Saturday, December 29, 2007

Brit Nat Double Standards

Are the British nationalists taking the piss? The Telegraph runs a lead story that English is a minority language in 1,300 schools in England (wonder how many schools in Wales?). Nothing wrong in that - I believe that people who move to England have a responsibility to learn English - it was their choice to move there after all.

However, you could have run this story in Wales today, ten years ago, 50 years ago, 100 years ago but with the concern that Welsh was a minority language in Welsh schools. That is, the gradual diminishing strength of the Welsh language moving through Flintshire, Gwent and Glamorgan westwards over the last hundred years or so. And the process is still happening today. Of course to point this out would be 'nationalistic', 'divisive', 'xenophobic, 'anti-English', 'narrow-minded', 'harmful to children's jobs prospects' ... or probably all six.

Heavens, Welsh is a minority language of the families of most children who attend Welsh medium schools too. No one writes about that. The miracle that happens every day is that these schools, despite their many difficulties, manage to ensure that those kids leave school speaking Welsh and English fluently. No one gets medals, there's no leading articles in London (nor Welsh) newspapers. The English teachers must be a bunch of ninnies if they're complaining!

And if more money is to go to accommodate and immerse kids from non-English speaking backgrounds into English schools, what about the same for Wales with the Welsh language? Why has there been no articles in the Welsh press about the difficulty in accommodating linguistically the English kids who move into Gwynedd or Ceredigion - are the press and politicians too scared? But why?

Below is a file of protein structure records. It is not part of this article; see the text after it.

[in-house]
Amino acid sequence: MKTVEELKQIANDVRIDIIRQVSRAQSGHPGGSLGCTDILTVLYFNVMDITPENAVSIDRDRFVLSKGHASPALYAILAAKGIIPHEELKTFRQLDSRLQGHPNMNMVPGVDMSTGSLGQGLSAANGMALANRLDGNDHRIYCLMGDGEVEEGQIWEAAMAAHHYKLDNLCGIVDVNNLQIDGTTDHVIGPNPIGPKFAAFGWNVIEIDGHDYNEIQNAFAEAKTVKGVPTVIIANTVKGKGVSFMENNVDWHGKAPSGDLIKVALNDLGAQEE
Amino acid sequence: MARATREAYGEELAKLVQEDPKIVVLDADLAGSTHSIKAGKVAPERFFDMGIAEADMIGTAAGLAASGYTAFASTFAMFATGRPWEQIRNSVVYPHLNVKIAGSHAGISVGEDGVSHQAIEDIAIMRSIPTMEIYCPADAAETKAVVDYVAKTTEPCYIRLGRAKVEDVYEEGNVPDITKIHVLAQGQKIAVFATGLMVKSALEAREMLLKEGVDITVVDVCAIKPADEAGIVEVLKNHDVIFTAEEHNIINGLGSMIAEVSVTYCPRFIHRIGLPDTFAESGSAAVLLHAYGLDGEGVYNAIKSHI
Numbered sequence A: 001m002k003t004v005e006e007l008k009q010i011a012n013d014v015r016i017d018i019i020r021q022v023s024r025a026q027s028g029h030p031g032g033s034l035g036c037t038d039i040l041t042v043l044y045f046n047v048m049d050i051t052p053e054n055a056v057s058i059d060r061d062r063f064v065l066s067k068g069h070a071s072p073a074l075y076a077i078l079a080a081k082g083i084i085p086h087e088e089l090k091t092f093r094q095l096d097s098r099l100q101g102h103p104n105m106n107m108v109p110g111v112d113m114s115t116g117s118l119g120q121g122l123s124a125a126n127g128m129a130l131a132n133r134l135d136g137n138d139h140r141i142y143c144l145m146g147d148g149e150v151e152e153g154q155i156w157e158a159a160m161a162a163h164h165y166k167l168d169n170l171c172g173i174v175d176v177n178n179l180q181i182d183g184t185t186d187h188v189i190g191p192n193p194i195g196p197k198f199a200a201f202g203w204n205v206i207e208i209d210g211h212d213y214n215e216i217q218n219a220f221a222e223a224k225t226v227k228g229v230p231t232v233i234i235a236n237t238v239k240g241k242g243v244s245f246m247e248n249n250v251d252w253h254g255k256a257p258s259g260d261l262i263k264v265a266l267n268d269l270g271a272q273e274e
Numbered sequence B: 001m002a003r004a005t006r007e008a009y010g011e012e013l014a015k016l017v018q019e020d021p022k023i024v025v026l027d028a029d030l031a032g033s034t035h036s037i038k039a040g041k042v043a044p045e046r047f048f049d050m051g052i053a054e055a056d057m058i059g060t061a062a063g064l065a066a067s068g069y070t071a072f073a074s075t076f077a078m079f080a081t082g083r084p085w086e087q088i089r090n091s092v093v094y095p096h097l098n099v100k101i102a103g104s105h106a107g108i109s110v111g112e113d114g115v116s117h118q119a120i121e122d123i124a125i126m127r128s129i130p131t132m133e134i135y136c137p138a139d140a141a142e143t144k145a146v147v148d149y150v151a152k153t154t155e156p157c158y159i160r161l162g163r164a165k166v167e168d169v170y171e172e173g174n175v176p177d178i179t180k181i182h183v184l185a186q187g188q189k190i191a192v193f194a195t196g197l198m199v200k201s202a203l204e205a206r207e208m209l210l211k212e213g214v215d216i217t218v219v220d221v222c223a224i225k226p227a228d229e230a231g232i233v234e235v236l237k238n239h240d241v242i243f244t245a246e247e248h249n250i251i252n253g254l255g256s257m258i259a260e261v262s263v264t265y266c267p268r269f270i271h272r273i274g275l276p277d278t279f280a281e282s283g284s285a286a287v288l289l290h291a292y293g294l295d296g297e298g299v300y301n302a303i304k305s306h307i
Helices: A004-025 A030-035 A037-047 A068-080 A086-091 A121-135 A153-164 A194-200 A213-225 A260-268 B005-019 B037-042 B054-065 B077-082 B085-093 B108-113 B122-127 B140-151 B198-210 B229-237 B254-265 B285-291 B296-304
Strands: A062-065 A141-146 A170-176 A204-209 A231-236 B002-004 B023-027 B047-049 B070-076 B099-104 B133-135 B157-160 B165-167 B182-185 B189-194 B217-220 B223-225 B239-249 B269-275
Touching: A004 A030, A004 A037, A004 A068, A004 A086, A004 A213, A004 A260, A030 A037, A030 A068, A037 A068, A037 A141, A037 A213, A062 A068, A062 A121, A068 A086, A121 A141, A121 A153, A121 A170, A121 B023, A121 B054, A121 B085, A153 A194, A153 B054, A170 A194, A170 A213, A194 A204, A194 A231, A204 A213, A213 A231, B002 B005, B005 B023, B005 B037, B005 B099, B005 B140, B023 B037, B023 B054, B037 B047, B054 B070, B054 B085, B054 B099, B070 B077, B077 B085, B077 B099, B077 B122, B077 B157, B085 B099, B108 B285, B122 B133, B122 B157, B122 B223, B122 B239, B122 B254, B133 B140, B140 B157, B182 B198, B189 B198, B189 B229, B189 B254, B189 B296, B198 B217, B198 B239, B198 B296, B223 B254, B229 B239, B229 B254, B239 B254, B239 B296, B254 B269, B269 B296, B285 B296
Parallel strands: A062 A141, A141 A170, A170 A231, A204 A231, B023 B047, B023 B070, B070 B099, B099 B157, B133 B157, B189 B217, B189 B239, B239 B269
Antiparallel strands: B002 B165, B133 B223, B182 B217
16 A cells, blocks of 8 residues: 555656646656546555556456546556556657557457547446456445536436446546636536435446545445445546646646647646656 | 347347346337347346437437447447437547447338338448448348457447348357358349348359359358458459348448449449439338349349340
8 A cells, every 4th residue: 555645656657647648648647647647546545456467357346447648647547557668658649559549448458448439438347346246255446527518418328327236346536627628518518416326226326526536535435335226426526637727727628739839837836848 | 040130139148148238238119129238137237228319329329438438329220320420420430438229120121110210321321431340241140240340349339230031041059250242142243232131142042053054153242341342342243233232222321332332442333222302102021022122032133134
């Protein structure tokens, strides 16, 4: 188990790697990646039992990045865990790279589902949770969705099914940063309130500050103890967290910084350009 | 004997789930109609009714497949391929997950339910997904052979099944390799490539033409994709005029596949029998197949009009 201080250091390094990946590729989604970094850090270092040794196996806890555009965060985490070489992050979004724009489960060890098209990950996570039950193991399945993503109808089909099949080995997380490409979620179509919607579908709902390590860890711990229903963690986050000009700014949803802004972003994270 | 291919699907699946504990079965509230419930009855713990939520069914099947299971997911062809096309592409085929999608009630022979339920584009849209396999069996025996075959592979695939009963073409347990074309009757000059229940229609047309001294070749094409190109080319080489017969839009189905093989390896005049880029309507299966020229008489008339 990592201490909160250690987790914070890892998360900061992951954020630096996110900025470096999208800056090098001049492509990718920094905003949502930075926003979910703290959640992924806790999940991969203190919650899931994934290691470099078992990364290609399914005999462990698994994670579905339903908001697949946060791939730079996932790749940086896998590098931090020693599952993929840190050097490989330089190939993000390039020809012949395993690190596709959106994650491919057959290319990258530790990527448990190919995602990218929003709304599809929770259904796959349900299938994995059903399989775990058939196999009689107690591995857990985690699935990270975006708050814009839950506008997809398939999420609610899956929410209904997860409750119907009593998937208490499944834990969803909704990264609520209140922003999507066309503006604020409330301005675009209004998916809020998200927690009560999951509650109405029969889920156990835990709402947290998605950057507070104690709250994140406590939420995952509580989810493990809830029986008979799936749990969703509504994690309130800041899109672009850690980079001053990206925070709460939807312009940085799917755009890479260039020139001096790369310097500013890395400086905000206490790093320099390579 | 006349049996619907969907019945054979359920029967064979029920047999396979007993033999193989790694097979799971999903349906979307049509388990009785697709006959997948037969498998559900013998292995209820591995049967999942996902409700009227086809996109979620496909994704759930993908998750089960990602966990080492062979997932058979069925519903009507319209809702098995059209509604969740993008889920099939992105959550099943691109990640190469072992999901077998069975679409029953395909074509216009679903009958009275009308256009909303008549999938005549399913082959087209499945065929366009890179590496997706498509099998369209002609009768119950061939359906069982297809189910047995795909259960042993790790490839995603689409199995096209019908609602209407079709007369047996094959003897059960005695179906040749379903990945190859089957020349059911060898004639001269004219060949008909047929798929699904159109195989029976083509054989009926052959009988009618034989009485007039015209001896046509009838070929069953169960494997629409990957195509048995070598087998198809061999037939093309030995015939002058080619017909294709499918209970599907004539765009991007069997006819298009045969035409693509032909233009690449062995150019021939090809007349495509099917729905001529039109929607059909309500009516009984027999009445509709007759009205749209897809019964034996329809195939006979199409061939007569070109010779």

Immersing English kids in Welsh schools is linguistically much more difficult that immersing Pakistani kids in English schools. It's difficult enough when those kids come from homes where the parents have made a conscious effort to take their children to a Welsh-medium school - it's even more difficult when parents have decided to move to Wales and just happen to be in a Welsh-speaking area. No leading articles in the 'say your British' press about this nor either by Gordon Brit Nat Brown.

If immersing non-English speaking kids is difficult in England then isn't the same true for Welsh in Wales (especially considering the weaker position of Welsh in society and media)? So, where are UCAC and the other teaching unions asking for more money for Welsh schools in this important task? Where's Plaid Cymru AMs on this matter? Welsh teachers need all the support they can get to ensure that Welsh is a medium of instruction in our schools and they deserve the full backing of all political parties (yes, including Labour) on the matter.

What's right for English is right for Welsh too.

3 comments:

Rhys Wynne said...

While working in Caerphilly I've been glad to see the increase in welsh medium provision and take-up, in fact even with now 10 Welsh medium primary schools and one secondary, demand is still outstripping supply. Reading this article about the north east was quite depressing.

E said...

having studied in a bilingual school as a non-welsh speaker me and other pupils in the same situation actually noticed a favour towards welsh pupils and significantly higher funding for welsh speaking pupils, how is this a good thing. it is surely racist to give one group higher funding and in some areas of funding bordering on apartheid. stop pretending to be hard done by wales. welsh people benefit from british money far more than anyone english does.

Final Conflict said...

Stop immigration to England AND Wales. It will help the Welsh (and French, and Spanish...) becauise less English will feel they have to run away from immigrant crime in England.

I have spoken to many English 'settlers' in Wales, Scotland, France and Spain in my travel for work and most give the reason for the move: immigration and its crime as the top answer.

I know it's not 'pc' but if overnight most Welsh towns became non-European then the Welsh would be as upset as the English have been.

Point to the migration of the English if you like, but two wrongs do not make a right.